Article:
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Client-Side Form Verification with JavaScript

Client-Side Form Verification with JavaScript

by Heidi Brumbaugh

JavaScript code runs on the user's machine, making it an ideal method to perform simple verification on form data before submitting it on to the server. Performing the checks on the client side saves the user from waiting for the data to travel way back to the server, and then (if there's a problem) waiting again for an error message.

My original JavaScript tutorial showed you how to "grab" the onSubmit event from a form. Here we'll take that a step further, running our verification procedures before we decide whether to allow the data to be sent along.

I also showed you how to add a NAME field to an image tag, so that you could refer to that specific image later. Turns out JavaScript uses this NAME field in many HTML tags, including the FORM tag and the form fields' tags. Recall the hierarchical nature of JavaScript wants you to identify items first by document, then by form, then by field name. Separate each identifying level in the hierarchy with periods. For example, if you have a form defined like this:

<FORM name="Customer"> Your name: <INPUT type=text name="FirstLast" size=30 maxlength=75 value=""> </FORM>

You would access the customer's name field like this:

document.Customer.FirstLast.value

Okay, we know how to intercept the onSubmit event and how to examine the form fields. Next we'll use a few simple scripting commands to analyze the data. First, let's establish a variable, called valid, that we'll use to keep track of whether the data is valid. Initialize this value with 1 (meaning, to start out with, we'll assume everything is peachy).

var valid = 1

Now let's make sure the user entered something into the name and email fields of the form. This is fairly straightforward; if the field is blank, the form is invalid. In JavaScript, a double-equals sign checks for equality.

 if (document.Customer.FirstLast.value == "") { valid = 0 } 

We can verify the email address the same way.

Strings Are Things

Next let's add a more sophisticated check for the phone number. Since we might have long distance numbers or international numbers, we won't be too strict. But we will make sure the number falls with certain parameters: it contains only numerals, spaces, and the following characters: ( ) - +

To analyze the characters the user typed into the form field, you need to know about strings. In programming, a string is a sequence of alphanumeric characters. In JavaScript, most values that contain letters and numbers are string objects.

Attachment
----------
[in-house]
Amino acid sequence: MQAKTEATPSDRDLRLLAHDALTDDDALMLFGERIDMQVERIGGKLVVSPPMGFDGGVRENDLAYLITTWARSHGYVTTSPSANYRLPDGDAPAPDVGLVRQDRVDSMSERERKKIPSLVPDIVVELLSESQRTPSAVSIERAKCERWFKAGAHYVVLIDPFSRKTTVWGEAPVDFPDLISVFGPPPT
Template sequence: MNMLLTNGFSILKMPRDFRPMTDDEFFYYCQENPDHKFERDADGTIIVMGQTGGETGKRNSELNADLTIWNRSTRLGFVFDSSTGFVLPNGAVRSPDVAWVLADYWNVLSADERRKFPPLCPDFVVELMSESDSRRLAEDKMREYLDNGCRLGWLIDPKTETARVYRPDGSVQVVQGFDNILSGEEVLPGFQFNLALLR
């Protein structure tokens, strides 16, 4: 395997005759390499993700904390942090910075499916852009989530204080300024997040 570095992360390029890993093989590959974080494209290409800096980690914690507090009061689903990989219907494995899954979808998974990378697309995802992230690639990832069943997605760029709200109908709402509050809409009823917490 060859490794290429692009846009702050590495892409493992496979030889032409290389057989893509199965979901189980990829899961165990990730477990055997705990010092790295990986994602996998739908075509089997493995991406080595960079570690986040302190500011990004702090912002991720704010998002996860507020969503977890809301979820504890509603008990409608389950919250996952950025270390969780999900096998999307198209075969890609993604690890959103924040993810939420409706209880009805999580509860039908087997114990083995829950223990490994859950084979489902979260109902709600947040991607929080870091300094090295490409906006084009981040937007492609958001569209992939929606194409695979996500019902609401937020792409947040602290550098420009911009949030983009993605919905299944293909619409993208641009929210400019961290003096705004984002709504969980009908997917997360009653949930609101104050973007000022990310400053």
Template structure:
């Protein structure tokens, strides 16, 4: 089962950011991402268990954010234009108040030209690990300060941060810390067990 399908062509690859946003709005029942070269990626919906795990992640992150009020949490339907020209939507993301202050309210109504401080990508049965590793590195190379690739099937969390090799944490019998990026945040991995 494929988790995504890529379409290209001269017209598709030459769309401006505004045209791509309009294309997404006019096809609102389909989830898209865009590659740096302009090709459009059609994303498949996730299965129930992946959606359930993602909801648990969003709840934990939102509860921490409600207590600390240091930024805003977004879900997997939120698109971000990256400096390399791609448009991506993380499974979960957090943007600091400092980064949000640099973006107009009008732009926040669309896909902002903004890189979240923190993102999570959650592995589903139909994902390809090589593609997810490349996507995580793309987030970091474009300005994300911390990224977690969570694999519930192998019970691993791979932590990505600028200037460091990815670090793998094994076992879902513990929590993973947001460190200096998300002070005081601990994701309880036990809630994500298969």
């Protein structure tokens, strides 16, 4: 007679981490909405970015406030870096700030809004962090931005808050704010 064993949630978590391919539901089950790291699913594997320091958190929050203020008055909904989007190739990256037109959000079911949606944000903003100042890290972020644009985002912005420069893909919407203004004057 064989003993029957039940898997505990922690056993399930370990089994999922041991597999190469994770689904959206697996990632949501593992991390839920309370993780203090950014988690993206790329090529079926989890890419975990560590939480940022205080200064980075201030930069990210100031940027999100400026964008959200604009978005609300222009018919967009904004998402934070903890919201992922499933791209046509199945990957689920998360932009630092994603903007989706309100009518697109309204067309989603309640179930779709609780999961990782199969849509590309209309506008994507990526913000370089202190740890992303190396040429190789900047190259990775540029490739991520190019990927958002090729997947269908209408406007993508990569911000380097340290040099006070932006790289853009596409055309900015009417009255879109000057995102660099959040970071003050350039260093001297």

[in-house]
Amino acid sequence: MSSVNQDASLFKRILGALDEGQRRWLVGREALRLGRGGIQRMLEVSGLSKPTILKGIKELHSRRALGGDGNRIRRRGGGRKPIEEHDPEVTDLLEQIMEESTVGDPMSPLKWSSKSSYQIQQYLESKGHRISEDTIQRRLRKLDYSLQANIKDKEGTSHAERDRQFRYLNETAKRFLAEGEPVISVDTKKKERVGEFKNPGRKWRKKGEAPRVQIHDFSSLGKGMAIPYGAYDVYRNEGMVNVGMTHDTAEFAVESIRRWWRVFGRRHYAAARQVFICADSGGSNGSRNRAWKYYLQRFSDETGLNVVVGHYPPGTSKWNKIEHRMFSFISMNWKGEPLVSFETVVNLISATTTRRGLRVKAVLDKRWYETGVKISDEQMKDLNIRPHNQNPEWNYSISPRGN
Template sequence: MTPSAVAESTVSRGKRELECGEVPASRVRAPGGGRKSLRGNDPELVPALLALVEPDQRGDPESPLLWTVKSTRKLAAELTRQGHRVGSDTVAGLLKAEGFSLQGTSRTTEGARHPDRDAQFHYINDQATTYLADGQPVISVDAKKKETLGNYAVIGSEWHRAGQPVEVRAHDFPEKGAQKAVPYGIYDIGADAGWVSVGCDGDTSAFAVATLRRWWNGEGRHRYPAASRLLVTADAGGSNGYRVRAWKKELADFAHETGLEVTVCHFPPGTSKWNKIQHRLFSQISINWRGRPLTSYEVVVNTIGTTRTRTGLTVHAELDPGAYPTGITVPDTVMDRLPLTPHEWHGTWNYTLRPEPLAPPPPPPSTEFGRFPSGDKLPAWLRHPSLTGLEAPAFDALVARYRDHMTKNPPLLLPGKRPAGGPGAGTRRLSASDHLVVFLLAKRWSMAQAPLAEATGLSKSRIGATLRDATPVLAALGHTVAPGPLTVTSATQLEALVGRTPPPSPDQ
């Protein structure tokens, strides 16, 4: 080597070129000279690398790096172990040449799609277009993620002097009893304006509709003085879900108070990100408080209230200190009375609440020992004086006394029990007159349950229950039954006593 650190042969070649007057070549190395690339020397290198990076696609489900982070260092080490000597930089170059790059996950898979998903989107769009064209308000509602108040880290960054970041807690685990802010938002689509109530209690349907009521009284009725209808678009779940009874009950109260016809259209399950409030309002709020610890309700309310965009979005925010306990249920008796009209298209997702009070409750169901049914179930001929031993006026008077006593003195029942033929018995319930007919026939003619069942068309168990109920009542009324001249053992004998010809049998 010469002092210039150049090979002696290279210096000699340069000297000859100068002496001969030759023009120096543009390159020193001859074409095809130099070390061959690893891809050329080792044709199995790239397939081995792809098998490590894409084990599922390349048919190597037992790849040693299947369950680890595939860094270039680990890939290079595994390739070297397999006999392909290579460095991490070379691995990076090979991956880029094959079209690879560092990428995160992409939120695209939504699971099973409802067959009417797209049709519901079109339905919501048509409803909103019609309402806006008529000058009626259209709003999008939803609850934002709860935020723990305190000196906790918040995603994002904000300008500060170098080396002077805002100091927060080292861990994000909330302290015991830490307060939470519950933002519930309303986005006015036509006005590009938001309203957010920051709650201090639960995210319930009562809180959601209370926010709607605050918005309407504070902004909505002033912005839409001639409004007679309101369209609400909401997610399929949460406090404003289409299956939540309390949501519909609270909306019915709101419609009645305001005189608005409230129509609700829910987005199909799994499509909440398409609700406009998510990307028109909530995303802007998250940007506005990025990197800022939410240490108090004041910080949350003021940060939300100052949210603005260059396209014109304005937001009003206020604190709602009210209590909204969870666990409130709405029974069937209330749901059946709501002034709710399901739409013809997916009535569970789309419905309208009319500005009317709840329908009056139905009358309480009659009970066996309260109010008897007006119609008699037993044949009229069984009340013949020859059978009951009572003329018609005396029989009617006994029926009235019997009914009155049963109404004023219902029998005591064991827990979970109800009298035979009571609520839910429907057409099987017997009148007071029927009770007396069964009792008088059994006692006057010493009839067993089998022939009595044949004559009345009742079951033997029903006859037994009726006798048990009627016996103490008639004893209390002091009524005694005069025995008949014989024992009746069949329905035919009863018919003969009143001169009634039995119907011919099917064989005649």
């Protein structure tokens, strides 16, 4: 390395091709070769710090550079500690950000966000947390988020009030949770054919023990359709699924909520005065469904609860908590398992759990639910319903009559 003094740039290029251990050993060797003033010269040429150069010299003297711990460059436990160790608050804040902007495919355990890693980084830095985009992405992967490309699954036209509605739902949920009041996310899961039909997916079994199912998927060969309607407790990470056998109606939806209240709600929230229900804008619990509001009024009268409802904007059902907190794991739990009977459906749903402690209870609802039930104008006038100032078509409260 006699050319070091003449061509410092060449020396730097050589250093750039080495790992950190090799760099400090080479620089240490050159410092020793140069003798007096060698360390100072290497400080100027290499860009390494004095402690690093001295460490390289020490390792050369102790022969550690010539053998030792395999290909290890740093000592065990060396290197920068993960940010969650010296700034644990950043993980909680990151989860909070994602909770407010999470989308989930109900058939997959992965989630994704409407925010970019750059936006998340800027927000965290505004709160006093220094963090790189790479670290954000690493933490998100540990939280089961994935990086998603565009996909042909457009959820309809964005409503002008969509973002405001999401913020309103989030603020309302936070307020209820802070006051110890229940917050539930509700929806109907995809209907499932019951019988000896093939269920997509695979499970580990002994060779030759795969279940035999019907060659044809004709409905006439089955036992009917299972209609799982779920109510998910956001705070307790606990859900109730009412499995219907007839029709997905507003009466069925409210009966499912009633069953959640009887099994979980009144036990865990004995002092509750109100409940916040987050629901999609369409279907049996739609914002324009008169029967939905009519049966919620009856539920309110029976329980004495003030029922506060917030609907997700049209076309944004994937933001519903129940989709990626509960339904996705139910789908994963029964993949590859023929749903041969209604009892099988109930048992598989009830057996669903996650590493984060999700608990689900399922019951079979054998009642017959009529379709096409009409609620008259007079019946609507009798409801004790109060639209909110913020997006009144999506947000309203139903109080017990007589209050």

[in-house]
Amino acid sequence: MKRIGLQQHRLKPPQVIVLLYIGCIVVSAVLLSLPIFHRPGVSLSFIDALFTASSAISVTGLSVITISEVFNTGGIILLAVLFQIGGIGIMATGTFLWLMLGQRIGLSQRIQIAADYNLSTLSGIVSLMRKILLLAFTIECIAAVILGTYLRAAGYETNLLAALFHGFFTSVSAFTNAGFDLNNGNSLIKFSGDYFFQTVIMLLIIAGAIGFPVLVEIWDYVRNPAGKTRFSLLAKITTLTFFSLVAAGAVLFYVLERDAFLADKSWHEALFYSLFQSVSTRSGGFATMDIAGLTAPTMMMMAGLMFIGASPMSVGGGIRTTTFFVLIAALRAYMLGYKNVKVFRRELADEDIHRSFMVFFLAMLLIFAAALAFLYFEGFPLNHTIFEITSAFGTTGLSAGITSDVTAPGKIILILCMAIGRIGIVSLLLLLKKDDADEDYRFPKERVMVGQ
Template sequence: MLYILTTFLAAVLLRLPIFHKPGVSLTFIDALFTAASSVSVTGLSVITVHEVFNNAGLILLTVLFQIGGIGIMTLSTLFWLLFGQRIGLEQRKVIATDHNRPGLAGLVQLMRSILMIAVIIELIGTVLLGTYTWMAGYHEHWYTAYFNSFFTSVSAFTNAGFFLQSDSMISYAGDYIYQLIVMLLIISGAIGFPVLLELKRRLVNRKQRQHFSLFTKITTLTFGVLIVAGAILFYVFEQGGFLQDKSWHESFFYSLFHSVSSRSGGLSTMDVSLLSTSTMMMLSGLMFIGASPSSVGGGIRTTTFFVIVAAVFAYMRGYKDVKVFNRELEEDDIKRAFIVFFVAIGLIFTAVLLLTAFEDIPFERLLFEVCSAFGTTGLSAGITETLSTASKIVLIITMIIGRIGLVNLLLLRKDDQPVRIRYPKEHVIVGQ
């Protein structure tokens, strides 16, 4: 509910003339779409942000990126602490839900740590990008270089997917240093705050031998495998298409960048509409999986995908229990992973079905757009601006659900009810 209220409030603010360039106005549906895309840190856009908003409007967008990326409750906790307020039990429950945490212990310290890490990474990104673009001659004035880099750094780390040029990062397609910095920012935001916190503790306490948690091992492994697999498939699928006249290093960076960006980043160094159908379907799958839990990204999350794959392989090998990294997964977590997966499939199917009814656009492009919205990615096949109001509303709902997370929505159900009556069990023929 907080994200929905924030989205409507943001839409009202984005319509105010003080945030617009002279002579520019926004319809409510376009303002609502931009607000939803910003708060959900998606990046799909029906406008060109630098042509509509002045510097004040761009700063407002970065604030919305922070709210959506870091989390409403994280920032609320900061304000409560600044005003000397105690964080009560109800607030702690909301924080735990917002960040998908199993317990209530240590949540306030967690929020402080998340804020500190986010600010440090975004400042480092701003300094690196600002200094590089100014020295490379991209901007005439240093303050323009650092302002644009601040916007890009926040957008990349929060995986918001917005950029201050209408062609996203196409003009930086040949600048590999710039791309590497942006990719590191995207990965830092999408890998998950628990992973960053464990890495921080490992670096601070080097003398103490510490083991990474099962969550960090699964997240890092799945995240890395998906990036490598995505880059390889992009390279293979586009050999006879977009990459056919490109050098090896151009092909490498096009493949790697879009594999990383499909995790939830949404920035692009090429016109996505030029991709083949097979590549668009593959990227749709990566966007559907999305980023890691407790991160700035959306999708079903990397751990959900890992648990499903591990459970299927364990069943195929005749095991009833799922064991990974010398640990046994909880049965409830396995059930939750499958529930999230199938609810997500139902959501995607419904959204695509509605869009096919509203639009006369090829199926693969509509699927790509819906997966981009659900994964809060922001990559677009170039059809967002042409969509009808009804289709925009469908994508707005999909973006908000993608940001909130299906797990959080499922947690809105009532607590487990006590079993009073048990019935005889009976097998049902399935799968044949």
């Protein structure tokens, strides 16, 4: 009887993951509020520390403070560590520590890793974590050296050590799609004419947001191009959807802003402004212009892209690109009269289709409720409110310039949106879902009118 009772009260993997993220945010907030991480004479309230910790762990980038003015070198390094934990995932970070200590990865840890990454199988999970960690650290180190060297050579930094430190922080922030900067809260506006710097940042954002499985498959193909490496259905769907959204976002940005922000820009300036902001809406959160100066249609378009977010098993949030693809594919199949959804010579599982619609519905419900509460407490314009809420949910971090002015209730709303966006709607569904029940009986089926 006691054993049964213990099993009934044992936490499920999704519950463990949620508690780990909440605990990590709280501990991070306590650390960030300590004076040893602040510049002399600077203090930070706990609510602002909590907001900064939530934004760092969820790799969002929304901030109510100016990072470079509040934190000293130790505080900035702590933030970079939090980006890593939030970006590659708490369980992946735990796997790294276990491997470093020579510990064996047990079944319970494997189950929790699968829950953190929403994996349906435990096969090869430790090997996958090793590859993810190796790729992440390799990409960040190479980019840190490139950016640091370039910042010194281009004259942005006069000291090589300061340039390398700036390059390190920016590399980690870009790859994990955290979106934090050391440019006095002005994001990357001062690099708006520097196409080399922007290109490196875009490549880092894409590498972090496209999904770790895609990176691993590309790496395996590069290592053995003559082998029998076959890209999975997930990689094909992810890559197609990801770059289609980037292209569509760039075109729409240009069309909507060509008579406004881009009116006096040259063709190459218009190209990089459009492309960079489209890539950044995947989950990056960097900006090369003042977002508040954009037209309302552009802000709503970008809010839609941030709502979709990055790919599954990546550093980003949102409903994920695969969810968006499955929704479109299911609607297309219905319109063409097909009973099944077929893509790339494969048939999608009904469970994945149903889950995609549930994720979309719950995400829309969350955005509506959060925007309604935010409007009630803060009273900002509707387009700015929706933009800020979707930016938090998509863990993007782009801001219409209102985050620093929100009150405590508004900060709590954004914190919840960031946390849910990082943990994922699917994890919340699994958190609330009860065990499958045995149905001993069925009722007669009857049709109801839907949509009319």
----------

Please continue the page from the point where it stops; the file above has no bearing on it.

One way to think about strings is to imagine a sheet of grid paper. Each square on the page is numbered, starting with zero. When you create a string, you put one character in the first square, then next character in the second square, and so on. You can perform operations on the entire string, or you can use the grid numbers as an index into the individual elements of the string, giving you a convenient way to analyze the characters one by one.

Here are the JavaScript commands, including several string properties and methods, used in the phone number verification routine:

for (initial condition; end condition; increment command) { }
Performs an operation a certain number of times. We'll use an index into the string we want to analyze. Thus the initial condition is the index equals zero, the end condition is the index has reached the end of the string, and each time through the loop we'll increment the counter by one.

StringName.length
This property of a string object returns the number of characters in the string.

StringName.charAt(position)
This method returns the character at the index position. Remember the first character index is 0, the last is length-1. For example, MyName.charAt(0) returns "H" if MyName is "Heidi".

StringName.indexOf(SearchString)
This method returns the position of SearchString inside a string, or -1 if SearchString is not found. The verification routine makes up a string containing all the valid phone number characters. The indexOf method compares each character in the string with this list of numbers. If -1 is returned for any character, the phone number is invalid.

Here's the final routine:

 function CheckPhoneNumber(TheNumber) { var valid = 1 var GoodChars = "0123456789()-+ " var i = 0 if (TheNumber=="") { // Return false if number is empty valid = 0 } for (i =0; i <= TheNumber.length -1; i++) { if (GoodChars.indexOf(TheNumber.charAt(i)) == -1) { // Note: Remove the comments from the following line to see this // for loop in action. // alert(TheNumber.charAt(i) + " is no good.") valid = 0 } // End if statement } // End for loop return valid } 

One thing to note here is that valid is used in both CheckPhoneNumber and VerifyData. Because the variable is declared separately in each function (with the var statement), they are completely independent of each other. In programmerese, these variables are local. (In English, they are blissfully unaware of each other.)

Check out the complete example. There's a lot going on here, especially in the CheckPhoneNumber routine. To learn more about the commands used here, check out the syntax and examples at Netscape's JavaScript Reference. One thing you can do is to look up the String object, and see what other methods are available to you.




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